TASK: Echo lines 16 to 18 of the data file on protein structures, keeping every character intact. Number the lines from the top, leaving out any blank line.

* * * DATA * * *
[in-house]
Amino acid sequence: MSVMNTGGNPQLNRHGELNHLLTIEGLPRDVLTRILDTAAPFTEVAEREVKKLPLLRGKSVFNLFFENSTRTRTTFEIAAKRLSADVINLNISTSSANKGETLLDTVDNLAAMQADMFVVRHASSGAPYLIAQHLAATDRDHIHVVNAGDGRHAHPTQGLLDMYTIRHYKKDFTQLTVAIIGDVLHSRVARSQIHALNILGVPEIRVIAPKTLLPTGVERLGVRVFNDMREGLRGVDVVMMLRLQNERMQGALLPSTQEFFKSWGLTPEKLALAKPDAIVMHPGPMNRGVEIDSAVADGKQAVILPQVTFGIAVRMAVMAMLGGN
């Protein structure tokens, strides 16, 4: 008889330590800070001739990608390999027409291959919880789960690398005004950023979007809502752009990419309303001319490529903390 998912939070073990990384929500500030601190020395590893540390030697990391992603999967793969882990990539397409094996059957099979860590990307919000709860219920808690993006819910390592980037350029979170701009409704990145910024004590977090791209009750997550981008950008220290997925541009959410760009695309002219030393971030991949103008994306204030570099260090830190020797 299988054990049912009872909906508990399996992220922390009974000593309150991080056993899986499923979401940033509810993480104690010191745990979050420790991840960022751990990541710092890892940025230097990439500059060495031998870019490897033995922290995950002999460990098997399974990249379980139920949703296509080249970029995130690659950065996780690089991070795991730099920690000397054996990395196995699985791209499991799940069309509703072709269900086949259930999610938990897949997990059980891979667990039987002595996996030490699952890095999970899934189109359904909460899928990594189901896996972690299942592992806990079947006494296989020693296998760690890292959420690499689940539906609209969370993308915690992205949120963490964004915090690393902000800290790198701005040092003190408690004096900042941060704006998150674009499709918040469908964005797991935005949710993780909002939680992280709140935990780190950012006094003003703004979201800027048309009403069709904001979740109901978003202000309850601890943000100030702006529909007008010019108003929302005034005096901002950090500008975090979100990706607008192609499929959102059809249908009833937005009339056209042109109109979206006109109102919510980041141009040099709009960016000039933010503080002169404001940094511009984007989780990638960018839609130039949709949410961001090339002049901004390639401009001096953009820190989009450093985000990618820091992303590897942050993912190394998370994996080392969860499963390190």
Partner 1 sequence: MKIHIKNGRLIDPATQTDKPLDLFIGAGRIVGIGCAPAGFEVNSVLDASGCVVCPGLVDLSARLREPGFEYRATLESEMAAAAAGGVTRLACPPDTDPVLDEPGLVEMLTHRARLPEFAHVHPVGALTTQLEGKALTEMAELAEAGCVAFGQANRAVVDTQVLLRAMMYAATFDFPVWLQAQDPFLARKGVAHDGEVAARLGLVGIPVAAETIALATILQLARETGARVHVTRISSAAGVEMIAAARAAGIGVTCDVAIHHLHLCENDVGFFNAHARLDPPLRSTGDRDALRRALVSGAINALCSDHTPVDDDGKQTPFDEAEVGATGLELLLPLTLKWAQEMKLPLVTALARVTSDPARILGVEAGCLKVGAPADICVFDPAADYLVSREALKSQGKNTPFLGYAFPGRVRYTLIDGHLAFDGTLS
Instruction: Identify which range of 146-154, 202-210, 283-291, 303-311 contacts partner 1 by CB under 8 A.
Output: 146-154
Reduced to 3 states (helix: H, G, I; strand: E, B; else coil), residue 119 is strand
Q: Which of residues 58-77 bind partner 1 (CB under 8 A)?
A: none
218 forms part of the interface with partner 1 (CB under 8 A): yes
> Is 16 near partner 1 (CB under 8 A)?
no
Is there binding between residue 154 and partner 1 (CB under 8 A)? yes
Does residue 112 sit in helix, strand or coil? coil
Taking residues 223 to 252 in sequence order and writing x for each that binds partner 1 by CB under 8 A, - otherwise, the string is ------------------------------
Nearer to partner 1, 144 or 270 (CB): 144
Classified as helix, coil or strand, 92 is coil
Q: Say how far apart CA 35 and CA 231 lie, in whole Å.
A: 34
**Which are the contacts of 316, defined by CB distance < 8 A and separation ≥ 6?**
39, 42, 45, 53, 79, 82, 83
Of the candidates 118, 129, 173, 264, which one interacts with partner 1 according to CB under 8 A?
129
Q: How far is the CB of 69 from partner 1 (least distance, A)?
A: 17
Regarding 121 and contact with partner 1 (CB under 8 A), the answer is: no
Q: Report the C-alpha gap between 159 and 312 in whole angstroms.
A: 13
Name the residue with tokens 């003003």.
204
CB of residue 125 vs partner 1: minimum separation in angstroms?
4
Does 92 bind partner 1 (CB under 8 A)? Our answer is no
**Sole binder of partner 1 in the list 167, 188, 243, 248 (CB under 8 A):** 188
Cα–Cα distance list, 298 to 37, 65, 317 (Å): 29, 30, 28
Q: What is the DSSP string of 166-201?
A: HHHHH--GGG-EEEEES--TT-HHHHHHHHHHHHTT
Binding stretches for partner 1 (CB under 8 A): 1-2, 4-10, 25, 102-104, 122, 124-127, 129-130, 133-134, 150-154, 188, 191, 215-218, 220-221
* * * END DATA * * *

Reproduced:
Nearer to partner 1, 144 or 270 (CB): 144
Classified as helix, coil or strand, 92 is coil
Q: Say how far apart CA 35 and CA 231 lie, in whole Å.